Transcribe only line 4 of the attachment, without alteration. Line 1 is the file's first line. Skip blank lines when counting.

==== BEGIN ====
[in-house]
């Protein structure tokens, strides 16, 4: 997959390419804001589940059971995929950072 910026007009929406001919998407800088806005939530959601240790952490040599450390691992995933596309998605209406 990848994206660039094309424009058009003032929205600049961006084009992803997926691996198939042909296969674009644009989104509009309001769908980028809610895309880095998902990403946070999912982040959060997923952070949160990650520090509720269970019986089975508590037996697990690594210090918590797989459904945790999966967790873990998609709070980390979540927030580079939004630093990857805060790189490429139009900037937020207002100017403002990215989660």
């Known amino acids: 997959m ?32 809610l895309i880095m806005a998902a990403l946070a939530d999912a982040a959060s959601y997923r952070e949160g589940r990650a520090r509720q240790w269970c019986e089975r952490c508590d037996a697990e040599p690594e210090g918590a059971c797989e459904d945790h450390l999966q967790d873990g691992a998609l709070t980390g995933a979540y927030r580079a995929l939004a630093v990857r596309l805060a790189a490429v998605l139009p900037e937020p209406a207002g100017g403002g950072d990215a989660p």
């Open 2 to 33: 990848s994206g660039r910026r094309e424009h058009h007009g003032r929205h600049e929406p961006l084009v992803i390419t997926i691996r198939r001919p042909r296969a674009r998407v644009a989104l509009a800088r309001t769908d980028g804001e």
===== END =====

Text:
């Open 2 to 33: 990848s994206g660039r910026r094309e424009h058009h007009g003032r929205h600049e929406p961006l084009v992803i390419t997926i691996r198939r001919p042909r296969a674009r998407v644009a989104l509009a800088r309001t769908d980028g804001e």